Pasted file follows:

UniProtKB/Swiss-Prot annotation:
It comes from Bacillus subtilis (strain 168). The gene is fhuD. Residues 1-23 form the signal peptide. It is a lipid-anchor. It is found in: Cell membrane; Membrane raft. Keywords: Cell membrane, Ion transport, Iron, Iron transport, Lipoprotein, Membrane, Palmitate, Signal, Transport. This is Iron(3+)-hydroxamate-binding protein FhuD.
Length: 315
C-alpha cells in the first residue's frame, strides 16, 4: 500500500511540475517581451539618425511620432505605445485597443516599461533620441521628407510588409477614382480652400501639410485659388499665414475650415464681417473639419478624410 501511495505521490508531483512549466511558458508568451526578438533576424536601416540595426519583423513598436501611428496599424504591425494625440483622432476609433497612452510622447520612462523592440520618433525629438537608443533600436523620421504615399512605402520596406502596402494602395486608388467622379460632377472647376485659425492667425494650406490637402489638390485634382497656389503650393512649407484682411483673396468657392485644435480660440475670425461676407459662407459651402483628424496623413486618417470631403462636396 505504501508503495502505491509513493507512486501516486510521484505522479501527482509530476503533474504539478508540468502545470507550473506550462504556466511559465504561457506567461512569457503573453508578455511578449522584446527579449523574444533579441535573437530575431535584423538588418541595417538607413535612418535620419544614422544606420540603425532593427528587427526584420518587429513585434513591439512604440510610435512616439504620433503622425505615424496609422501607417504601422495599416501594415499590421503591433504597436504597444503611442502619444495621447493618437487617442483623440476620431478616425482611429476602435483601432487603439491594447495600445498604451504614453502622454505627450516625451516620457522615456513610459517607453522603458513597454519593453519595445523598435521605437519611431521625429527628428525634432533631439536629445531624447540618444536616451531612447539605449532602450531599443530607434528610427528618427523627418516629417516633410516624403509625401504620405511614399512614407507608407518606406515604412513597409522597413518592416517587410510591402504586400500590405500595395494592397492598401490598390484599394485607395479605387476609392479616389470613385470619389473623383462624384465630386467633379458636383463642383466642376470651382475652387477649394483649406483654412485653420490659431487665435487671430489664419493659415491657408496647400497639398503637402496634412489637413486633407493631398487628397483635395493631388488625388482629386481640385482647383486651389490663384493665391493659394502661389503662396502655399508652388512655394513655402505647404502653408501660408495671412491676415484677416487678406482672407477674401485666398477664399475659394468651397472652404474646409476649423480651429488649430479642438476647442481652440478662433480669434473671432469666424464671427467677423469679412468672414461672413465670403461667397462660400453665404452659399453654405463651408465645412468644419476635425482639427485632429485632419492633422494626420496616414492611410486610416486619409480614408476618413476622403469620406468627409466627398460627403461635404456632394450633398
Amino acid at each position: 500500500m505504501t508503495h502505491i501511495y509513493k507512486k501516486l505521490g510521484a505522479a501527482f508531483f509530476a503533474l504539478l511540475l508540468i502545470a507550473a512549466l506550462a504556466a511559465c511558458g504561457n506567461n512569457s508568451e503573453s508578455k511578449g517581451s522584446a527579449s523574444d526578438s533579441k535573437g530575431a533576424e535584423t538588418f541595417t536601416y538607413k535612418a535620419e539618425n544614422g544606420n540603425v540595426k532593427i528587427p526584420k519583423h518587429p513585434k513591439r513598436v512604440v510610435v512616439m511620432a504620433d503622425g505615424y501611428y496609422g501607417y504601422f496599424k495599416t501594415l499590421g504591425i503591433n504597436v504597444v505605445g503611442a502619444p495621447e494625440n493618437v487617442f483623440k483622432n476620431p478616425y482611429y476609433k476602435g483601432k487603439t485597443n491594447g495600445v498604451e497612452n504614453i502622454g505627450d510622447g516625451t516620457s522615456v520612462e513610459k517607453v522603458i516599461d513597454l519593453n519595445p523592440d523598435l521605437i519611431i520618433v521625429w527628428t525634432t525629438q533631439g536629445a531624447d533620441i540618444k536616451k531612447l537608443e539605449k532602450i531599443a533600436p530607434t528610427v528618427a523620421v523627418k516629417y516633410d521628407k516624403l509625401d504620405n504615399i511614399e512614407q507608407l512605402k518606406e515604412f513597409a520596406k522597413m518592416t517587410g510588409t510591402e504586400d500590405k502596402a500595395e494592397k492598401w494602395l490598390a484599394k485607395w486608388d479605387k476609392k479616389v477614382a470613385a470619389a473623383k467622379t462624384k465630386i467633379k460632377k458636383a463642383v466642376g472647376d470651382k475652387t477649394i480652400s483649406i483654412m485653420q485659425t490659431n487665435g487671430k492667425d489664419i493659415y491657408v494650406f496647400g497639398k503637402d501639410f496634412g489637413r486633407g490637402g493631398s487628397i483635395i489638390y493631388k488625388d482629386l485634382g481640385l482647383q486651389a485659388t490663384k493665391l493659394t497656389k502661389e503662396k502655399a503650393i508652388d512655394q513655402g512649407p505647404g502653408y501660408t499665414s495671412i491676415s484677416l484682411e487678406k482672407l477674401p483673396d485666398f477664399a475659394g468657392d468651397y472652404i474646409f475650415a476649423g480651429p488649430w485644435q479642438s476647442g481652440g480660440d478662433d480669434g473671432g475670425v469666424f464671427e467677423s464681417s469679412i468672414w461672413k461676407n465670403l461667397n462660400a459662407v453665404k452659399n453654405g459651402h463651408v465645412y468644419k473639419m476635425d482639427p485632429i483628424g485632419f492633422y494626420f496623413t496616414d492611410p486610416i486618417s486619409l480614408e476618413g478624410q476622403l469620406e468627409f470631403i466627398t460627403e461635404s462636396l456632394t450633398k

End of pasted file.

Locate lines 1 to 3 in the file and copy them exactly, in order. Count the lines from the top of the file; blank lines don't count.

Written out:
UniProtKB/Swiss-Prot annotation:
It comes from Bacillus subtilis (strain 168). The gene is fhuD. Residues 1-23 form the signal peptide. It is a lipid-anchor. It is found in: Cell membrane; Membrane raft. Keywords: Cell membrane, Ion transport, Iron, Iron transport, Lipoprotein, Membrane, Palmitate, Signal, Transport. This is Iron(3+)-hydroxamate-binding protein FhuD.
Length: 315